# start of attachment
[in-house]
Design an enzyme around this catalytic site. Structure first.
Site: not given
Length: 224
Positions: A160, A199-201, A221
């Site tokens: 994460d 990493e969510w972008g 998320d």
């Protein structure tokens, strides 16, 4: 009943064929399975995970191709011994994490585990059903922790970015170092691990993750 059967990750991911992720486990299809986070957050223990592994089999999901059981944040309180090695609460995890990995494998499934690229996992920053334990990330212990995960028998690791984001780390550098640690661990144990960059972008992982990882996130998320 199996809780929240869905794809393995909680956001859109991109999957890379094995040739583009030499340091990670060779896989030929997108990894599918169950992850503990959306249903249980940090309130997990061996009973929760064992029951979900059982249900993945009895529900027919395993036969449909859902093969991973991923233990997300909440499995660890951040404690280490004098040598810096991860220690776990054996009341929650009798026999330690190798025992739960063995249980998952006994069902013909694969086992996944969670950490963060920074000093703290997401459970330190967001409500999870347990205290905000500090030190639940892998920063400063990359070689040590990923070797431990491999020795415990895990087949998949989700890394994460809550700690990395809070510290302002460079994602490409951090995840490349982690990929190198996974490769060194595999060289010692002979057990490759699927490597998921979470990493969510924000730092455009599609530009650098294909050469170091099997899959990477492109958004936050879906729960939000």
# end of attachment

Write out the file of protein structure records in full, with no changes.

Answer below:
[in-house]
Design an enzyme around this catalytic site. Structure first.
Site: not given
Length: 224
Positions: A160, A199-201, A221
């Site tokens: 994460d 990493e969510w972008g 998320d």
């Protein structure tokens, strides 16, 4: 009943064929399975995970191709011994994490585990059903922790970015170092691990993750 059967990750991911992720486990299809986070957050223990592994089999999901059981944040309180090695609460995890990995494998499934690229996992920053334990990330212990995960028998690791984001780390550098640690661990144990960059972008992982990882996130998320 199996809780929240869905794809393995909680956001859109991109999957890379094995040739583009030499340091990670060779896989030929997108990894599918169950992850503990959306249903249980940090309130997990061996009973929760064992029951979900059982249900993945009895529900027919395993036969449909859902093969991973991923233990997300909440499995660890951040404690280490004098040598810096991860220690776990054996009341929650009798026999330690190798025992739960063995249980998952006994069902013909694969086992996944969670950490963060920074000093703290997401459970330190967001409500999870347990205290905000500090030190639940892998920063400063990359070689040590990923070797431990491999020795415990895990087949998949989700890394994460809550700690990395809070510290302002460079994602490409951090995840490349982690990929190198996974490769060194595999060289010692002979057990490759699927490597998921979470990493969510924000730092455009599609530009650098294909050469170091099997899959990477492109958004936050879906729960939000």